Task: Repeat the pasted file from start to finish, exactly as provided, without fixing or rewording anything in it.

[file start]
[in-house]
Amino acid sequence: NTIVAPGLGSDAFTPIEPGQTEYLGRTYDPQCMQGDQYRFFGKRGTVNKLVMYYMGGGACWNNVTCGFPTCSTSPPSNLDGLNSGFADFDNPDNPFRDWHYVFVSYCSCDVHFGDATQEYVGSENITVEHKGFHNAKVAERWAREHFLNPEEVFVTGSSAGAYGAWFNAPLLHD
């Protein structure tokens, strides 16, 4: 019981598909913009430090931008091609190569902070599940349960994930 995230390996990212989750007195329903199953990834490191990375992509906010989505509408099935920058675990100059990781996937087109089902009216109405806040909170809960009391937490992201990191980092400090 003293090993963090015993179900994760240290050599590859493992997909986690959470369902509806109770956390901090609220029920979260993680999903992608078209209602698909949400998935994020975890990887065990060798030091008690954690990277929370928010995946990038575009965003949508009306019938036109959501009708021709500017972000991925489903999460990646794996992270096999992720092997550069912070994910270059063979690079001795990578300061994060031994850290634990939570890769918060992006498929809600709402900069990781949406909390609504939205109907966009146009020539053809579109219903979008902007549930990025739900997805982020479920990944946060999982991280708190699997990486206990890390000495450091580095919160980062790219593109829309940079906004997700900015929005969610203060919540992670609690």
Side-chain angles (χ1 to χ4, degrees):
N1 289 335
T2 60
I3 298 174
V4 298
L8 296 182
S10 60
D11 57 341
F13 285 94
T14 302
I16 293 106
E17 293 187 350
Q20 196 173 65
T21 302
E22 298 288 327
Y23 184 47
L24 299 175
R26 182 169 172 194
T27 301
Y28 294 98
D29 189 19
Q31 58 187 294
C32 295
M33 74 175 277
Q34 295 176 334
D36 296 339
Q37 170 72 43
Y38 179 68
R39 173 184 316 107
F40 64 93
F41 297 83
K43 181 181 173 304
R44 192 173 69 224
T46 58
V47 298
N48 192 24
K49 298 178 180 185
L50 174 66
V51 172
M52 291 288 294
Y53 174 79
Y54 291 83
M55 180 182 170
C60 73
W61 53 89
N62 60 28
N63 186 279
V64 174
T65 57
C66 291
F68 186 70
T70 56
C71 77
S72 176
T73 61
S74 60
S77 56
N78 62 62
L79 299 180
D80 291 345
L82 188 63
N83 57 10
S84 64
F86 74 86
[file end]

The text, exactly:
[in-house]
Amino acid sequence: NTIVAPGLGSDAFTPIEPGQTEYLGRTYDPQCMQGDQYRFFGKRGTVNKLVMYYMGGGACWNNVTCGFPTCSTSPPSNLDGLNSGFADFDNPDNPFRDWHYVFVSYCSCDVHFGDATQEYVGSENITVEHKGFHNAKVAERWAREHFLNPEEVFVTGSSAGAYGAWFNAPLLHD
């Protein structure tokens, strides 16, 4: 019981598909913009430090931008091609190569902070599940349960994930 995230390996990212989750007195329903199953990834490191990375992509906010989505509408099935920058675990100059990781996937087109089902009216109405806040909170809960009391937490992201990191980092400090 003293090993963090015993179900994760240290050599590859493992997909986690959470369902509806109770956390901090609220029920979260993680999903992608078209209602698909949400998935994020975890990887065990060798030091008690954690990277929370928010995946990038575009965003949508009306019938036109959501009708021709500017972000991925489903999460990646794996992270096999992720092997550069912070994910270059063979690079001795990578300061994060031994850290634990939570890769918060992006498929809600709402900069990781949406909390609504939205109907966009146009020539053809579109219903979008902007549930990025739900997805982020479920990944946060999982991280708190699997990486206990890390000495450091580095919160980062790219593109829309940079906004997700900015929005969610203060919540992670609690």
Side-chain angles (χ1 to χ4, degrees):
N1 289 335
T2 60
I3 298 174
V4 298
L8 296 182
S10 60
D11 57 341
F13 285 94
T14 302
I16 293 106
E17 293 187 350
Q20 196 173 65
T21 302
E22 298 288 327
Y23 184 47
L24 299 175
R26 182 169 172 194
T27 301
Y28 294 98
D29 189 19
Q31 58 187 294
C32 295
M33 74 175 277
Q34 295 176 334
D36 296 339
Q37 170 72 43
Y38 179 68
R39 173 184 316 107
F40 64 93
F41 297 83
K43 181 181 173 304
R44 192 173 69 224
T46 58
V47 298
N48 192 24
K49 298 178 180 185
L50 174 66
V51 172
M52 291 288 294
Y53 174 79
Y54 291 83
M55 180 182 170
C60 73
W61 53 89
N62 60 28
N63 186 279
V64 174
T65 57
C66 291
F68 186 70
T70 56
C71 77
S72 176
T73 61
S74 60
S77 56
N78 62 62
L79 299 180
D80 291 345
L82 188 63
N83 57 10
S84 64
F86 74 86